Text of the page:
In this extensive interview, Weronika Zaręba, an industry manager at Google, shares her experiences and insights on data analysis and its importance to journalism. Her role at Google involves a combination of sales, project management, and consulting. However, she spent several years as a data analyst before transitioning into her current position.
No data, no story
When asked about her involvement with the MediaNumeric programme, Weronika emphasised the importance of data literacy for individuals in humanities and related fields, as they are increasingly required to navigate the world of data-driven journalism: “The basic understanding of statistics is pretty simple, self-explanatory and logical, and it benefits people who work in journalism and humanities. You have to be able to deal with data if you want to be a journalist in a world of data.”
Expressing her thoughts on the MediaNumeric course, Weronika considers this programme highly valuable for both students and professionals within the media industry: “As someone who has worked as a data-analyst, we want our data to be used for pitches, narratives, and so on. So it’s great to be able to teach students that data analysis isn’t that scary and they can work with it on a daily basis. The students are the ones who need to use our data, so if there is no data, there is no story.”
Weronika also sheds light on the significance of educating the younger generation about data-driven journalism. In the era of misinformation and deepfakes, she stresses the need for journalists to understand and critically analyse data to identify inaccuracies or biases: “Especially nowadays, in a world of misinformation, it’s super important to understand data and to figure out on your own whether data is correct or not.” She shared the phrase “Don’t let data kill a good story,” explaining that while businesses might use data to shape narratives, journalists should rely on data to create reliable stories. By empowering journalists with the ability to question data sources, methodology, and reliability, they can prevent misleading narratives from overshadowing the truth.
Be wary of data biases
In her lecture for MediaNumeric, Weronika covers various types of data, including public and private online platforms, as well as government websites. She advises students to be wary of data biases, research errors, and methodological limitations when working with different data sources.
“First of all, people always try to say a lot of good things about themselves, which might not always be completely true. We also often talk about things that are not objective. Think about medicines, side effects and pain, for example. How do you objectively compare the pain of different people? It’s hard to do.”– Weronika Zaręba
Weronika highlights the variety of data sources available to journalists, including public and private online platforms and government websites. She cautioned that even official government data may contain biases or inaccuracies: official reports, even when based on valid data sources, may be influenced by the official narrative, catering to specific target groups or genders, thereby compromising the objectivity of the data: “We have to remember that data can be shown from different angles.”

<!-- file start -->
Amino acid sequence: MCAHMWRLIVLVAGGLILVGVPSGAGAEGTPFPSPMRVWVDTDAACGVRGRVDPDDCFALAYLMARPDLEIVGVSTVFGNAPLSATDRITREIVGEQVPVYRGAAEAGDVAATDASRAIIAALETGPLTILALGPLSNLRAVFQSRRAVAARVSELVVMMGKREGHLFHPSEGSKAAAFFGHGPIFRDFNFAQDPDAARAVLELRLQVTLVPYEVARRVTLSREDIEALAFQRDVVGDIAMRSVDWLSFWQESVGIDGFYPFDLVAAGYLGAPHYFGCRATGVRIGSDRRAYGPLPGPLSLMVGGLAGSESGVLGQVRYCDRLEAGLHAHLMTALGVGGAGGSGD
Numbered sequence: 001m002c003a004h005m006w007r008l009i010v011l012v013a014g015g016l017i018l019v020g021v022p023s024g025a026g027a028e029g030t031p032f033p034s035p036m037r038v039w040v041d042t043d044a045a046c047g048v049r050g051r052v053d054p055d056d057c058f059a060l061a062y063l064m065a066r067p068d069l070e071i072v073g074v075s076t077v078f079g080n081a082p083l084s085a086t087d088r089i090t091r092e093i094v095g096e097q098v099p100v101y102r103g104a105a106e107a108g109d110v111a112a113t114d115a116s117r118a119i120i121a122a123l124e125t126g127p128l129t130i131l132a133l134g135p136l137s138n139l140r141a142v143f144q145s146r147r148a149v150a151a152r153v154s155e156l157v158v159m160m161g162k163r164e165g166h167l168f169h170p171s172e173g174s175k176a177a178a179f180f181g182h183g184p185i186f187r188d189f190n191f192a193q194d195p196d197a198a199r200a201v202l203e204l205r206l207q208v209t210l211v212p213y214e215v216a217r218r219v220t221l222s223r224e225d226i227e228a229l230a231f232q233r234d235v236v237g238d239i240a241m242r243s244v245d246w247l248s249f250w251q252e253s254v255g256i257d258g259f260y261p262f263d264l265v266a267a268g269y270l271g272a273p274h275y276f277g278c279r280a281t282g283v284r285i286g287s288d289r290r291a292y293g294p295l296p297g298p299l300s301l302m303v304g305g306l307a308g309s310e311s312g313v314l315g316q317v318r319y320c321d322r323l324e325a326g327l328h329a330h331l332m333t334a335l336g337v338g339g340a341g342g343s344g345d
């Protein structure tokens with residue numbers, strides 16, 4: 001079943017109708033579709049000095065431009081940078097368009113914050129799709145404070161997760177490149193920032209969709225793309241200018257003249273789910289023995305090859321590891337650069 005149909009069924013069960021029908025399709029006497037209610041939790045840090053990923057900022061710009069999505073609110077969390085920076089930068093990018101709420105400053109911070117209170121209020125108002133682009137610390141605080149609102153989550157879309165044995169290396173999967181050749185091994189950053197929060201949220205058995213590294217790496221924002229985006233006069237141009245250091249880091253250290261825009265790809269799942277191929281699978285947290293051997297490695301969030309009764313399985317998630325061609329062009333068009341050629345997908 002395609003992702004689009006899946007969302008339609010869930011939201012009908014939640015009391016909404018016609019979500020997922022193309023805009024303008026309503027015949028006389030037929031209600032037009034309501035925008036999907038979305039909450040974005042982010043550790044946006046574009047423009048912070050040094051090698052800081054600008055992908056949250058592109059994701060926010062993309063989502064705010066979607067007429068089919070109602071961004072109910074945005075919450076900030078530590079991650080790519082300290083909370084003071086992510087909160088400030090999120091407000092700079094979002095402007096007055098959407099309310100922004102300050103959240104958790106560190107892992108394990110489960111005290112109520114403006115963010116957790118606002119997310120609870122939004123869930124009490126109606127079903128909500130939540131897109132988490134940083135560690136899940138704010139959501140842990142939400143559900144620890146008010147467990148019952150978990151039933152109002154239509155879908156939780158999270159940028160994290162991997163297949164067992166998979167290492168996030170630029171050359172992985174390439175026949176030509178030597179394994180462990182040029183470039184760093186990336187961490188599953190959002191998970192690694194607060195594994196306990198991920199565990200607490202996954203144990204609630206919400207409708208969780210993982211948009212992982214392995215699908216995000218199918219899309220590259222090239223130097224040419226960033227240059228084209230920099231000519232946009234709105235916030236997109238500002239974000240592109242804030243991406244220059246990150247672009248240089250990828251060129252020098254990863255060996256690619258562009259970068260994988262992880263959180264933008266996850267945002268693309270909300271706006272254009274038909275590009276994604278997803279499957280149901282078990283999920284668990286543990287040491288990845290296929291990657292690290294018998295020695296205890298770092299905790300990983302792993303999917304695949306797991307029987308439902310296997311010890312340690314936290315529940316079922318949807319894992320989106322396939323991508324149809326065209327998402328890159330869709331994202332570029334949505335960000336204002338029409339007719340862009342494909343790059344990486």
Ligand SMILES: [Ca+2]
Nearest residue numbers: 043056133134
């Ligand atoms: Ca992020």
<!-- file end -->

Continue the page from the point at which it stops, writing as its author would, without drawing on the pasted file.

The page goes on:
Statistical literacy and the importance of validating data
When asked about the reasons behind society’s lack of statistical literacy, Weronika acknowledges that statistics can be challenging to understand: “Our statistical intuition is really bad and we misinterpret a lot. Also, extrapolating data from small samples to represent a global reality is a complex task, so it’s really hard to just estimate whether information is actually valid or not.”
To help journalists and data practitioners assess the reliability of data, Weronika shares some practical methods to identify data biases, understand methodologies, and critically evaluate the reliability of data sources: “Remember to carefully read the methodology section of research papers and reports, even if you don’t fully understand the mathematical aspects of it. Verify how reliable the organisation is that conducted this research. Check the reviews on those papers and see who wrote them. And last, but not least, just talk to someone who is an expert in that field, to figure out if the data is valid.”
Regarding the improvement of statistical education for future generations, Weronika suggests emphasising logical aspects during the early stages of education: “I feel that at schools, they’re maybe missing the practicality of statistics, but it’s important to tell students why statistics are important.” Rather than solely focusing on formulas and complex calculations, she believes that educators should provide a foundation in understanding the logical aspects of statistical concepts to enhance student’s statistical literacy.
The truth is somewhere in the middle
When asked how she deals with her own biases in data analysis, Weronika acknowledges that this is indeed a challenging task. She highlights the influence of social media, which rapidly feeds everyone biassed content, making it increasingly difficult to remain objective: “Someone I know suddenly started to get much more conservative content on their Instagram feed.” Upon closer inspection, they realised that the algorithm was pushing biassed news about minorities: “It shows that it’s really important to not only use or trust one data source. I always try to have my own reasoning and listen to a lot of different sources, because usually the real truth is somewhere in the middle.”